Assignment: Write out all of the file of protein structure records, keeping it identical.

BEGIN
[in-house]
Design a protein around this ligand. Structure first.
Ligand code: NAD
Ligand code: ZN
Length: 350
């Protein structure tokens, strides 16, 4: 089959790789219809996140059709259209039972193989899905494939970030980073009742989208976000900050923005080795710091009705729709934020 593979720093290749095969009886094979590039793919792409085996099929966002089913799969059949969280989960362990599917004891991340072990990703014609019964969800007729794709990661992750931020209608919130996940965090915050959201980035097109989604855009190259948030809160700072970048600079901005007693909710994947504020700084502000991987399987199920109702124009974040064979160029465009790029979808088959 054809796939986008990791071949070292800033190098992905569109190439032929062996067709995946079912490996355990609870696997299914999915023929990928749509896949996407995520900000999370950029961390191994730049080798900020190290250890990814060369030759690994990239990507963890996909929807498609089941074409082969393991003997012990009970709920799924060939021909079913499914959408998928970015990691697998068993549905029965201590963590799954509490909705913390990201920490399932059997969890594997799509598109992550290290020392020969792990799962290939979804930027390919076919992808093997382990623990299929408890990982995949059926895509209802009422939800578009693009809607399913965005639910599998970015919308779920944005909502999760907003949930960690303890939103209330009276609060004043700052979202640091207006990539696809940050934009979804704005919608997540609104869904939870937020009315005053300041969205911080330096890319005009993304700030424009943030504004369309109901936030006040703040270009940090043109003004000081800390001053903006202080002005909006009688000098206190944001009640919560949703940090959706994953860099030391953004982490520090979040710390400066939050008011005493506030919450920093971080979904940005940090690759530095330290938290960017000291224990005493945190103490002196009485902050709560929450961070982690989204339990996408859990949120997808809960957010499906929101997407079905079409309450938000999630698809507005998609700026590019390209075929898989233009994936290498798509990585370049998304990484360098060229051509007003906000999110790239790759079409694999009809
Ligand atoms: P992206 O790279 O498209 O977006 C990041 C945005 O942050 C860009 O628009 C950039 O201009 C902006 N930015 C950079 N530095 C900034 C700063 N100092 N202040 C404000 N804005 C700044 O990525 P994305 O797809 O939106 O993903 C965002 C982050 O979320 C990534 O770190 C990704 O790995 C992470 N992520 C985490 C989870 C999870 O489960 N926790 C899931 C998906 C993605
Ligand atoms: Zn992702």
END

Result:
[in-house]
Design a protein around this ligand. Structure first.
Ligand code: NAD
Ligand code: ZN
Length: 350
């Protein structure tokens, strides 16, 4: 089959790789219809996140059709259209039972193989899905494939970030980073009742989208976000900050923005080795710091009705729709934020 593979720093290749095969009886094979590039793919792409085996099929966002089913799969059949969280989960362990599917004891991340072990990703014609019964969800007729794709990661992750931020209608919130996940965090915050959201980035097109989604855009190259948030809160700072970048600079901005007693909710994947504020700084502000991987399987199920109702124009974040064979160029465009790029979808088959 054809796939986008990791071949070292800033190098992905569109190439032929062996067709995946079912490996355990609870696997299914999915023929990928749509896949996407995520900000999370950029961390191994730049080798900020190290250890990814060369030759690994990239990507963890996909929807498609089941074409082969393991003997012990009970709920799924060939021909079913499914959408998928970015990691697998068993549905029965201590963590799954509490909705913390990201920490399932059997969890594997799509598109992550290290020392020969792990799962290939979804930027390919076919992808093997382990623990299929408890990982995949059926895509209802009422939800578009693009809607399913965005639910599998970015919308779920944005909502999760907003949930960690303890939103209330009276609060004043700052979202640091207006990539696809940050934009979804704005919608997540609104869904939870937020009315005053300041969205911080330096890319005009993304700030424009943030504004369309109901936030006040703040270009940090043109003004000081800390001053903006202080002005909006009688000098206190944001009640919560949703940090959706994953860099030391953004982490520090979040710390400066939050008011005493506030919450920093971080979904940005940090690759530095330290938290960017000291224990005493945190103490002196009485902050709560929450961070982690989204339990996408859990949120997808809960957010499906929101997407079905079409309450938000999630698809507005998609700026590019390209075929898989233009994936290498798509990585370049998304990484360098060229051509007003906000999110790239790759079409694999009809
Ligand atoms: P992206 O790279 O498209 O977006 C990041 C945005 O942050 C860009 O628009 C950039 O201009 C902006 N930015 C950079 N530095 C900034 C700063 N100092 N202040 C404000 N804005 C700044 O990525 P994305 O797809 O939106 O993903 C965002 C982050 O979320 C990534 O770190 C990704 O790995 C992470 N992520 C985490 C989870 C999870 O489960 N926790 C899931 C998906 C993605
Ligand atoms: Zn992702």